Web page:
Here are some of the latest health and medical news developments, compiled by the editors of HealthDay:

Judge Will Deliver Health-Care Law Ruling by Year-End

A federal judge in Virginia said Monday that he will rule on whether the U.S. health-care overhaul is unconstitutional by the end of the year.

But U.S. District Judge Henry E. Hudson added that his decision will be a "brief stop" in the case on its way to the Supreme Court, Bloomberg news reported.

A number of states have launched legal action against the requirement that all Americans have health insurance.

In previous rulings, a federal judge in Michigan found the law falls within the framework of the Constitution, while a federal judge in Florida ruled that it's not even a "close call" that Congress may have overstepped its bounds, Bloomberg reported.

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Bone Marrow Transplant Pioneer Dies

The French oncologist who performed the world's first bone marrow transplant in 1959 died Friday, French President Nicolas Sarkozy's office said Monday.

Georges Mathe, 88, was the first doctor to use bone marrow transplantation to treat leukemia, the Associated Press reported.

"His contribution to the progress of oncology remains major," Sarkozy's office said in a statement. "In 1959, he performed the first bone marrow transplants on six Yugoslav physicians who had been accidentally irradiated at a nuclear power plant. Four of them survived."

The statement did not provide any additional details about Mathe's death, the AP reported.

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Engine Noise Affects Taste of Airline Food: Study

If you want your airline meal to taste better, try wearing noise-reducing headphones, researchers suggest.

A research team at the University of Manchester in Great Britain and the consumer product manufacturer Unilever concluded that loud background noise from airplane engines affects your enjoyment of food, ABC News reported.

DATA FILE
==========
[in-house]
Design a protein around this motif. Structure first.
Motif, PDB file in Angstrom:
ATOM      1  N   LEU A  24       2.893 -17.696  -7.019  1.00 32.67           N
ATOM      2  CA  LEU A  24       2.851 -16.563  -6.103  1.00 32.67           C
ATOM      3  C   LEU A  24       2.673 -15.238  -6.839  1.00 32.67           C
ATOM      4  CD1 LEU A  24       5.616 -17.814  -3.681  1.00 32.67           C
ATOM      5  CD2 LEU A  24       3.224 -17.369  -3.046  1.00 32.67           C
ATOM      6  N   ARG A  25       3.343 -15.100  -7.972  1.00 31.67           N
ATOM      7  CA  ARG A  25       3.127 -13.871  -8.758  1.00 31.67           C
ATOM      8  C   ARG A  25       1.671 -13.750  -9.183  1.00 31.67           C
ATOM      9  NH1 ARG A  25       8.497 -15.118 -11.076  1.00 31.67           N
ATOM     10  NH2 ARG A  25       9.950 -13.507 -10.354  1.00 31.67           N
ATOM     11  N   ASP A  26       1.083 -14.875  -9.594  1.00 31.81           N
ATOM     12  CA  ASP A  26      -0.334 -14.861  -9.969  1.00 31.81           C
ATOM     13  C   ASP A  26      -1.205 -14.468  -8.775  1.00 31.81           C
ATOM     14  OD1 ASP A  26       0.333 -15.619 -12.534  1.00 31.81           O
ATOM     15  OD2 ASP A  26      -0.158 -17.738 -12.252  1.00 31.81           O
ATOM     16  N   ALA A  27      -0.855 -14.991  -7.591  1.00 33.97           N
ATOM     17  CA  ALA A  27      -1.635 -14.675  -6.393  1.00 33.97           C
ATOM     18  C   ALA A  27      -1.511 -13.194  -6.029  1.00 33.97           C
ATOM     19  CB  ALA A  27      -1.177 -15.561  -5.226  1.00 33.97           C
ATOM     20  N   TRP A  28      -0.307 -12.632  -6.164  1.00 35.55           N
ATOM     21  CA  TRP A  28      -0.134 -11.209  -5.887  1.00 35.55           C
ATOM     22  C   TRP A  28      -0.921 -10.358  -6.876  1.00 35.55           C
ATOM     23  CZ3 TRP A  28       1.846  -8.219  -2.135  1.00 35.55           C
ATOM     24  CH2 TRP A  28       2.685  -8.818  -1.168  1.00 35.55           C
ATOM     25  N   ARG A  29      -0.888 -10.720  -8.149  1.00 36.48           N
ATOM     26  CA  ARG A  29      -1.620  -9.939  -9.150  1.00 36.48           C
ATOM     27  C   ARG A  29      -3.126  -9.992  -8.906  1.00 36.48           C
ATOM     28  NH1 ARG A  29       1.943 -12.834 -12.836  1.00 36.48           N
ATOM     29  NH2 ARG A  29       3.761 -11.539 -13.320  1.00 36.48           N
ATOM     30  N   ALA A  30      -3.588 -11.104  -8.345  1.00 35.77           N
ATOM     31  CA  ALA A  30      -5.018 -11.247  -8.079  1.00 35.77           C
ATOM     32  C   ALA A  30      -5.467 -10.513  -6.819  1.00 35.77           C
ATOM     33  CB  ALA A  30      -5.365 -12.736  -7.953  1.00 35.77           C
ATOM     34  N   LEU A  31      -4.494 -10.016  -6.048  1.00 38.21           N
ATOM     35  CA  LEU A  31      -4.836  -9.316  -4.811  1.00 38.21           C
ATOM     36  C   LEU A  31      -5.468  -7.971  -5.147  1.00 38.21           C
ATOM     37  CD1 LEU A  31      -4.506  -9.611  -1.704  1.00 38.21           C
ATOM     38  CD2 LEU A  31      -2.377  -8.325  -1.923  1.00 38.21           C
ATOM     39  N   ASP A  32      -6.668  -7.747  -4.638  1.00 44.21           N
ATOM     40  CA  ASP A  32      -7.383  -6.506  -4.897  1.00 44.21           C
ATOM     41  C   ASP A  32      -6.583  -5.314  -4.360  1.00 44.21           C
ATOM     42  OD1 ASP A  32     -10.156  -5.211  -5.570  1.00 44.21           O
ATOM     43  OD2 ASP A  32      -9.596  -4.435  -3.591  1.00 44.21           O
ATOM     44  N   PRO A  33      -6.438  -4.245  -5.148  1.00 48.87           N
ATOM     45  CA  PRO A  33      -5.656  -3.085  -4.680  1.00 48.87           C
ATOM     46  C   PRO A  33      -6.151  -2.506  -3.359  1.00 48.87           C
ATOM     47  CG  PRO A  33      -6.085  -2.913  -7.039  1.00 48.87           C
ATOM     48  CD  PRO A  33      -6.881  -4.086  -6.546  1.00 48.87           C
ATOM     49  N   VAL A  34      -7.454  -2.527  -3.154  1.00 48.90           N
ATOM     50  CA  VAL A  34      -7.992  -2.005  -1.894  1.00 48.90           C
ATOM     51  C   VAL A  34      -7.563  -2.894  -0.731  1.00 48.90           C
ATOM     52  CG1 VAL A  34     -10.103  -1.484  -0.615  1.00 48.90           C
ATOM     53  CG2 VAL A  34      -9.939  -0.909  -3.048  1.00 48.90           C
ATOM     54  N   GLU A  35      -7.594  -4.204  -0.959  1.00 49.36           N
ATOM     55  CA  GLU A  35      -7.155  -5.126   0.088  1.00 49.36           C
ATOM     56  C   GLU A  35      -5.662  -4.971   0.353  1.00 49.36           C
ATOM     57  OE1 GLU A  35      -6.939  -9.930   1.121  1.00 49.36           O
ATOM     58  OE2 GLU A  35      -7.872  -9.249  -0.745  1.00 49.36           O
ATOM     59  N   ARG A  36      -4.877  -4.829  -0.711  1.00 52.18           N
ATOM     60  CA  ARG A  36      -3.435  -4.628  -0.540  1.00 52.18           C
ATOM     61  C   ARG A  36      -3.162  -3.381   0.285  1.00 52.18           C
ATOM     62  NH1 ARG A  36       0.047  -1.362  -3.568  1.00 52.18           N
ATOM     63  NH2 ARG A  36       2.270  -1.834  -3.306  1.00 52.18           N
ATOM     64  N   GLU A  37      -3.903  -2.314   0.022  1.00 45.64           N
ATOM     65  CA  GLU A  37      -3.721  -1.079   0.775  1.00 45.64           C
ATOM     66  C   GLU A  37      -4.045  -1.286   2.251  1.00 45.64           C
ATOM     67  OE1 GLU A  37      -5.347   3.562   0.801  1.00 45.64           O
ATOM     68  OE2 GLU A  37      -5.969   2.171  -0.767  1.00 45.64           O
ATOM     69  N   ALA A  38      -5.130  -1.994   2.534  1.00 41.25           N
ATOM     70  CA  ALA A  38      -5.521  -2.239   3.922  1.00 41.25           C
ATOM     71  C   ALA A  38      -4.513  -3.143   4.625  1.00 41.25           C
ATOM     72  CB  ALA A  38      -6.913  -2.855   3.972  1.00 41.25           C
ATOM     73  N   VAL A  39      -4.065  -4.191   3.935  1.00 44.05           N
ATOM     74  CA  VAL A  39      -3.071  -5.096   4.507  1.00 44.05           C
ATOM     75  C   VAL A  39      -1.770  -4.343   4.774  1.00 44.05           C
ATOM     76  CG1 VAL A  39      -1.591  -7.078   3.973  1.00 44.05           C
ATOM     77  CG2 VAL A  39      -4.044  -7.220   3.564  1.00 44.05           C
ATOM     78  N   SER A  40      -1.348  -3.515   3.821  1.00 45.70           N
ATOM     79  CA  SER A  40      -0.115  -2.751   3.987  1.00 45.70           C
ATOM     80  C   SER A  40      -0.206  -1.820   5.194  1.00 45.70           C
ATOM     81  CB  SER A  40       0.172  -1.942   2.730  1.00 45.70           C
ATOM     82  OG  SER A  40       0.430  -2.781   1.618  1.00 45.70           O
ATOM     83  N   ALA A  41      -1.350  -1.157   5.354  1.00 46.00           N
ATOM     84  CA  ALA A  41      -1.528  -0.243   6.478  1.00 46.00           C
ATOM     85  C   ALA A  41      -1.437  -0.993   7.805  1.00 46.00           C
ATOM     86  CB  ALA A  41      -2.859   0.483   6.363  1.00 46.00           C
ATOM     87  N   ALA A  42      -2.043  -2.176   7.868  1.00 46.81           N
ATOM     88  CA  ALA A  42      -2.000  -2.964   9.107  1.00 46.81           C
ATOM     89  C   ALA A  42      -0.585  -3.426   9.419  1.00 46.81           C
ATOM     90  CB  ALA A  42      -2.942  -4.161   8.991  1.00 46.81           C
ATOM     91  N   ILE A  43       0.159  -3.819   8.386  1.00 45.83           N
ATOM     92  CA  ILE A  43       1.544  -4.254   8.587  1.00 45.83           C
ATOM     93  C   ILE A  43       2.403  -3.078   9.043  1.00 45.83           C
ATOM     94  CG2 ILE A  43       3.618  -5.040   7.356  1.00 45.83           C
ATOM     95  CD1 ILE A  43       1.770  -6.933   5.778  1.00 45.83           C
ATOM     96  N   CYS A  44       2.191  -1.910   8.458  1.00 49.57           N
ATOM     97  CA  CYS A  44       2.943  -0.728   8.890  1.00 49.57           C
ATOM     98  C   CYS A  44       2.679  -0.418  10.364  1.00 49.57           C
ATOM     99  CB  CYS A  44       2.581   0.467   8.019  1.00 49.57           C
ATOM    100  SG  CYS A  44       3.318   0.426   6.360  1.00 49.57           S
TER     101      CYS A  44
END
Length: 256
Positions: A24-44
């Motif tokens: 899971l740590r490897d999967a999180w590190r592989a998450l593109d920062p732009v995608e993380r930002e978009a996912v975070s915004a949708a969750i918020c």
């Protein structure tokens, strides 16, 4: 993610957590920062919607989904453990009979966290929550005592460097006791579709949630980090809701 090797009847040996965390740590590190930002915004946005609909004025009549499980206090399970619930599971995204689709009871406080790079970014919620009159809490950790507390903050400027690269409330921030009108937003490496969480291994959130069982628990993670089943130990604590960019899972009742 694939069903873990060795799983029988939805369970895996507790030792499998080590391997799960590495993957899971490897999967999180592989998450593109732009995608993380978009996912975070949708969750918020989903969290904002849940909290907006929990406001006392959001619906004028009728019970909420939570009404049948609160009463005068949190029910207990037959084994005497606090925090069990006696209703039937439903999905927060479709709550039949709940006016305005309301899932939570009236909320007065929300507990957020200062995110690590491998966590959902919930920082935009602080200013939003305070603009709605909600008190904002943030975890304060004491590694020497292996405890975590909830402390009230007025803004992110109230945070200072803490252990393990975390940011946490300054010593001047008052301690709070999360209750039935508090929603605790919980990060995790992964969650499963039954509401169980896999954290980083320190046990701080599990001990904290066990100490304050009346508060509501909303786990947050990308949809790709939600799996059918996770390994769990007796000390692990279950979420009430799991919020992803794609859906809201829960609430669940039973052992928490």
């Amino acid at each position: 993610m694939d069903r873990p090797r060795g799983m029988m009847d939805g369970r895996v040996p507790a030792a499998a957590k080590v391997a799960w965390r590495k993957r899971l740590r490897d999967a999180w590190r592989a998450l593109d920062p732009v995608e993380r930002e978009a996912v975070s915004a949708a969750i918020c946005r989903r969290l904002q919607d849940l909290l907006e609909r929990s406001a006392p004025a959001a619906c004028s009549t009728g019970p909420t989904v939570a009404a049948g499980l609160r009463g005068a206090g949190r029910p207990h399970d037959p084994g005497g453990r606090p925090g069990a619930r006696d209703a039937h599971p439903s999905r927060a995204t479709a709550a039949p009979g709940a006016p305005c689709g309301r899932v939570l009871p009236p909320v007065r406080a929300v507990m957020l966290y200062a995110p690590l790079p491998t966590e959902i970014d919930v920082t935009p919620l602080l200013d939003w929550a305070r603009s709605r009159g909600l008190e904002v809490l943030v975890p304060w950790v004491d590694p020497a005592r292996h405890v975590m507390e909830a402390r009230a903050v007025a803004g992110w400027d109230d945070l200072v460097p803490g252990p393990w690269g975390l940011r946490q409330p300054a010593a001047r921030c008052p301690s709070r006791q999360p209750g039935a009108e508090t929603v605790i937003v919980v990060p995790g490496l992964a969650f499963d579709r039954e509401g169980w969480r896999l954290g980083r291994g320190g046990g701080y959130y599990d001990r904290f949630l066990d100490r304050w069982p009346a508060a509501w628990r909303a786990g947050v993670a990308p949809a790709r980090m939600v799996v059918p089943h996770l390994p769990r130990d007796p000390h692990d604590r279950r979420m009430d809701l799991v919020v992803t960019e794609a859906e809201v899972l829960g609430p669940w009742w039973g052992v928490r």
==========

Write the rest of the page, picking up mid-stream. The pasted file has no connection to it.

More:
The researchers had 48 blindfolded volunteers sample a variety of foods while wearing either headphones that cancelled out noise or produced various levels of white noise. The higher the noise level, the less the volunteers tasted salty or sweet flavors and the greater their sensitivity to the crunchiness of their food.

"If you can any way reduce the noise, you will make the whole experience better," researcher Andy Woods told ABC News.

The study appears in the journal Food Quality and Preference.

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Frozen Vegetables Recalled for Glass Fragments

About 24,000 pounds of packages of frozen vegetables sold in Kroger stores in the southeastern United States and Walmart stores throughout the U.S. have been recalled because they may contain glass fragments, says the company that distributed the products.

Tennessee-based Pictsweet said the recall includes:

  • Great Value-12 ounce Steamable Mixed Vegetables with a "best by" date of July 15, 2012.
  • Great Value-12 ounce Steamable Sweet Peas with "best by" dates of July 20, 2012, and July 21, 2012.
  • Kroger 12-ounce Peas and Carrots with production codes 1960BD and 1960BE.
  • Kroger 12-ounce Green Peas with production codes 1440BU, 1440BV, 1440BW, and 1600BD.

The company said the products can be returned for a full refund, the Associated Press reported.

For more information, consumers can phone Pictsweet at 1-800-367-7412, ext. 417.

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Obesity Costs Are Double Previous Estimates: Study

The medical costs of obesity in the United States may be twice as high as previously estimated, according to a new study.

Researchers at Cornell University and Lehigh University estimated that nearly 17 percent ($168 billion) of U.S. medical costs can be blamed on obesity, the Associated Press reported.

The study, released by the nonprofit, nonpartisan National Bureau of Economic Research, also concluded that obesity adds about $2,800 to a person's annual medical bill.

A study that was released last year and has been cited by federal officials estimated that obesity-related medical costs accounted for about 9 percent ($147 billion) of total medical costs and added about $1,400 to a person's annual medical bills, the AP reported.

The new study is likely closer to the truth, said Kenneth Thorpe, a healthy policy researcher at Emory University.

"I think these are the most recent and perhaps statistically sound estimates that have come out to date," he told the AP.